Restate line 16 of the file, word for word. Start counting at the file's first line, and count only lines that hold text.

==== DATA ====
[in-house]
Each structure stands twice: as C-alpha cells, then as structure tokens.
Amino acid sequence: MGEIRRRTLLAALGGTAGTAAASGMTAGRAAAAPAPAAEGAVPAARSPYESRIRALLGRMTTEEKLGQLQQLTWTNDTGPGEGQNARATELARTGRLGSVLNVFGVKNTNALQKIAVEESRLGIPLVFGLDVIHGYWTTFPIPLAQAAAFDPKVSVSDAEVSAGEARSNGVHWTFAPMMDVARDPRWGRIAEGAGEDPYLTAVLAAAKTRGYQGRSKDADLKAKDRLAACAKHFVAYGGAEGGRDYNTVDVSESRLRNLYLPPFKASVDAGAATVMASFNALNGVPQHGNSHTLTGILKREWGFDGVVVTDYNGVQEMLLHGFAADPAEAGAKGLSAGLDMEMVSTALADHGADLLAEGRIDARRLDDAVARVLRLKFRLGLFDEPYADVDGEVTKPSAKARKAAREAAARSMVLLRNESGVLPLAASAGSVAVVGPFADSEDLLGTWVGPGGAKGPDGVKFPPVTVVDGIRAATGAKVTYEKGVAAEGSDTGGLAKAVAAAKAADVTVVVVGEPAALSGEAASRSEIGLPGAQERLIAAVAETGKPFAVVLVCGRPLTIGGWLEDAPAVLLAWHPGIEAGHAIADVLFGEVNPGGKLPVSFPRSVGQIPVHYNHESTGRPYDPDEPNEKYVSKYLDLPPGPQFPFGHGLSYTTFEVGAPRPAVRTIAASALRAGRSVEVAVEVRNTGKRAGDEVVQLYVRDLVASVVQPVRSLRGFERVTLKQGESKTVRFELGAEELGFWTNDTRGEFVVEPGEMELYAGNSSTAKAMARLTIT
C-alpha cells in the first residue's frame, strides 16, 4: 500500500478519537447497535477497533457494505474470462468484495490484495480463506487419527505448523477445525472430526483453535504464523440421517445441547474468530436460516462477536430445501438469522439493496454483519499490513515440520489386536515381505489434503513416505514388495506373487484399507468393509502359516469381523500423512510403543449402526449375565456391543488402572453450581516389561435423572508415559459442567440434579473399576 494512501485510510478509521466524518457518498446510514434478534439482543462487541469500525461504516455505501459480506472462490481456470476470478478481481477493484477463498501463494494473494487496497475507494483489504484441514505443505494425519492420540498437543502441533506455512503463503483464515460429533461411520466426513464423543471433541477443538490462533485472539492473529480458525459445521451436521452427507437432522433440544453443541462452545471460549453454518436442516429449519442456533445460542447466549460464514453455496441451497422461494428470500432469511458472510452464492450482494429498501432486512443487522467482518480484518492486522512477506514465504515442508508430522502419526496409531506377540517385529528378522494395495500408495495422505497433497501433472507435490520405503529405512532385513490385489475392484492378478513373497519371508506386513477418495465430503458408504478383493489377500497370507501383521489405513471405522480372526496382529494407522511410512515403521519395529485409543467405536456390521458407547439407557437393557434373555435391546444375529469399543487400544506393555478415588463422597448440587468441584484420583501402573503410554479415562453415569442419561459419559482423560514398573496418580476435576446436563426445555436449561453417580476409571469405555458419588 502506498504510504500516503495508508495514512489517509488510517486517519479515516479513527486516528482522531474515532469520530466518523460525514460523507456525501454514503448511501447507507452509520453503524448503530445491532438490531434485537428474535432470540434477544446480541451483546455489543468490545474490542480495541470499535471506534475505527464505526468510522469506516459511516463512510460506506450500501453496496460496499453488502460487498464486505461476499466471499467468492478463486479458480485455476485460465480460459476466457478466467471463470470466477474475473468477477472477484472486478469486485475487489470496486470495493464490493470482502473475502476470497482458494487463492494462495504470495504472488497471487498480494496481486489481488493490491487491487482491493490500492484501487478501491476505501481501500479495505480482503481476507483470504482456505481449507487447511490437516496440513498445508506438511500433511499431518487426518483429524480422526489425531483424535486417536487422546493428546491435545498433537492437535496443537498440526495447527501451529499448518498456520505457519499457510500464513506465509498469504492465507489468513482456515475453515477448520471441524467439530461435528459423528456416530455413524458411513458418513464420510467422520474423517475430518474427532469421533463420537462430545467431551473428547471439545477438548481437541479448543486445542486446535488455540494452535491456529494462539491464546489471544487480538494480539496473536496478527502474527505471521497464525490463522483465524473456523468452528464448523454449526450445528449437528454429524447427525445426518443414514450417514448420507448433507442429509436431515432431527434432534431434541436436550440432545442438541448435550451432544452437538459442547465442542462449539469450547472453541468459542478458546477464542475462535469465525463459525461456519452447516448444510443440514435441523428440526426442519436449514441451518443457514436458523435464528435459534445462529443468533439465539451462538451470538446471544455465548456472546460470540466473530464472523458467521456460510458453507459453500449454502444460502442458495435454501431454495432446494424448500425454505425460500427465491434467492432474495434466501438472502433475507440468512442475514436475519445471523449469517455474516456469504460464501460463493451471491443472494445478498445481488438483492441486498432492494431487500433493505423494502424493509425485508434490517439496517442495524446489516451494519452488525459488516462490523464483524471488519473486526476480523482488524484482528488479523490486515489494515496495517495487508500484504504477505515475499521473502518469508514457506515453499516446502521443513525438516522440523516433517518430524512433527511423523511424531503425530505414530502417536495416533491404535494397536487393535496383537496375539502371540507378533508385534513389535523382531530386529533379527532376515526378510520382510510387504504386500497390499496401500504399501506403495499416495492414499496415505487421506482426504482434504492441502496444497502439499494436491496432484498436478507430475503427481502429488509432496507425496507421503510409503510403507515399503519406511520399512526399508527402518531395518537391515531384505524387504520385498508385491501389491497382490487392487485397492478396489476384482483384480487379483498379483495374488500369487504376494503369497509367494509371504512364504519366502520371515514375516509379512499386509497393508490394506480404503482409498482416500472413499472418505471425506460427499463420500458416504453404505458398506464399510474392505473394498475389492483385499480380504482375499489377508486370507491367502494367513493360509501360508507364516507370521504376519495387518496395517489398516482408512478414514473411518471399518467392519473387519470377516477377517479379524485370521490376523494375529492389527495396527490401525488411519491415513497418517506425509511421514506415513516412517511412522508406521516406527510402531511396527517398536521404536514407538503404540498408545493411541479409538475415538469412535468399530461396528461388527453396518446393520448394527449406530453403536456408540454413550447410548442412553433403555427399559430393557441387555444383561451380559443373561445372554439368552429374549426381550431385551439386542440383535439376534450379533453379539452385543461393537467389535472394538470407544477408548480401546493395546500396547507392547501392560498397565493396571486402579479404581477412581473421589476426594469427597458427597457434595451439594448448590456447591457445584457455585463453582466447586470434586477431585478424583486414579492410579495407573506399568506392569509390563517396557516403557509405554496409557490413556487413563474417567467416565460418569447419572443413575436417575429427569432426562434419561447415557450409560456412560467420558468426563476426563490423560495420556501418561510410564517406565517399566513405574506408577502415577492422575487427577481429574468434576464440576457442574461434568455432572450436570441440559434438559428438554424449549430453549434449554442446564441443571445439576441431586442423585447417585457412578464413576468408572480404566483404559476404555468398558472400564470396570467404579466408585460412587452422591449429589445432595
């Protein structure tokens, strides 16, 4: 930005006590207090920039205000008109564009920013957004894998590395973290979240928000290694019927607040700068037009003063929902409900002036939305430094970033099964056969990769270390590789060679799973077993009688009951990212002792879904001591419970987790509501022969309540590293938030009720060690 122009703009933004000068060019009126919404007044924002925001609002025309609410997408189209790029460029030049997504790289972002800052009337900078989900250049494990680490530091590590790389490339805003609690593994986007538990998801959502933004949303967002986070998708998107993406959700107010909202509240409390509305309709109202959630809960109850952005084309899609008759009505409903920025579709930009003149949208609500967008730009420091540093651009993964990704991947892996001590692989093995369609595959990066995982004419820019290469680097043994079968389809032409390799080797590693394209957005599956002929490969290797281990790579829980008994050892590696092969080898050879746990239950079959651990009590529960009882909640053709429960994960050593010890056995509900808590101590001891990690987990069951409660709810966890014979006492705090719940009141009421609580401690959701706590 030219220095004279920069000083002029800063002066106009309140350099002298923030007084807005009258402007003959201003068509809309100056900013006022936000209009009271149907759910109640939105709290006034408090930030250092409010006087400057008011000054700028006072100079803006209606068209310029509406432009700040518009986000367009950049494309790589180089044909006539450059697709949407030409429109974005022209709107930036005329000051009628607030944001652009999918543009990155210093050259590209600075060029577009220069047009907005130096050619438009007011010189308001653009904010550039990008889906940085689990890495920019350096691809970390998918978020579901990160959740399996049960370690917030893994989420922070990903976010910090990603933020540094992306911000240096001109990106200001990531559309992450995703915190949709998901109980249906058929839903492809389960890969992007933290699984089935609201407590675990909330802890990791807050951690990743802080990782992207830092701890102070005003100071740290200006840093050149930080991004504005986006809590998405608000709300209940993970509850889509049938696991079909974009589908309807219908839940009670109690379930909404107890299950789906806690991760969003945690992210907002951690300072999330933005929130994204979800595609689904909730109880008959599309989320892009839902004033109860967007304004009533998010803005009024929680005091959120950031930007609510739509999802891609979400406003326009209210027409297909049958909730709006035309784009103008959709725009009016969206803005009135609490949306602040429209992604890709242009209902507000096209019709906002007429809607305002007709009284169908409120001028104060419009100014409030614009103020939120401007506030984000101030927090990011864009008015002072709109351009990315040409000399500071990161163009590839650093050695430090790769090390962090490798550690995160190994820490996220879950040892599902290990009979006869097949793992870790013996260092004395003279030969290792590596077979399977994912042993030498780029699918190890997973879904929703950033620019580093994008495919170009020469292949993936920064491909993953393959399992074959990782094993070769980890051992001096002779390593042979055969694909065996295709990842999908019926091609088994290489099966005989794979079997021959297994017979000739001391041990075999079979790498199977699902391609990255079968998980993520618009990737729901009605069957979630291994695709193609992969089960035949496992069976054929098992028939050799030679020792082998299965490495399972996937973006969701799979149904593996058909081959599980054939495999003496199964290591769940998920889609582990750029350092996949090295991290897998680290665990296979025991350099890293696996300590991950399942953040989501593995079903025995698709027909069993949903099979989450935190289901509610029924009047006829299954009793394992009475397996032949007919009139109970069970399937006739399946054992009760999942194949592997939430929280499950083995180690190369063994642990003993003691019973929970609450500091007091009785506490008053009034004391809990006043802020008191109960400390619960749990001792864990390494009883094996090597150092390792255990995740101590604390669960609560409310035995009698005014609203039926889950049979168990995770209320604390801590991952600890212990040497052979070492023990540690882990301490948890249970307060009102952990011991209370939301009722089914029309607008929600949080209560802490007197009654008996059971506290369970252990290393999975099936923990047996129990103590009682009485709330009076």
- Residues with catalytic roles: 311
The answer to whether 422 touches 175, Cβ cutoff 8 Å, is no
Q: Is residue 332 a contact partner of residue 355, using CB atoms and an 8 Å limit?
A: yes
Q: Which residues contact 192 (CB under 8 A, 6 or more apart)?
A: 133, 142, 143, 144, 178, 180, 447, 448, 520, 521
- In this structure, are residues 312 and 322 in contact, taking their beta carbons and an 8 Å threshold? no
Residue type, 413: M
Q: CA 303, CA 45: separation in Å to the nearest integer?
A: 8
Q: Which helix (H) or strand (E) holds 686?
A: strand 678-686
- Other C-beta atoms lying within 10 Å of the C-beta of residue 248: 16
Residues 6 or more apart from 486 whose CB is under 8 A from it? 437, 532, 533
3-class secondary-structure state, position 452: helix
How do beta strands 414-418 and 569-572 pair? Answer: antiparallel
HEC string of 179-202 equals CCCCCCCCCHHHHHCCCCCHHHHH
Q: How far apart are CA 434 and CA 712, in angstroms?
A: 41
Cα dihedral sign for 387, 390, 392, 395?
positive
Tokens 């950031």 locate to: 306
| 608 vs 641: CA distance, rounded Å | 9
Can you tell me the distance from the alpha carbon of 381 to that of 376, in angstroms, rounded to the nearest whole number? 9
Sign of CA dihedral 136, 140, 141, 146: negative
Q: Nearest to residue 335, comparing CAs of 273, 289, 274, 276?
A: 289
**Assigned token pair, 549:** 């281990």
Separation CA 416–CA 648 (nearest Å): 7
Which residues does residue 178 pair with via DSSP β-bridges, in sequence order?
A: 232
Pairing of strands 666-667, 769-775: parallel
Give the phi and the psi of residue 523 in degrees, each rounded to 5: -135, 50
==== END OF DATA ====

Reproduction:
Q: Which helix (H) or strand (E) holds 686?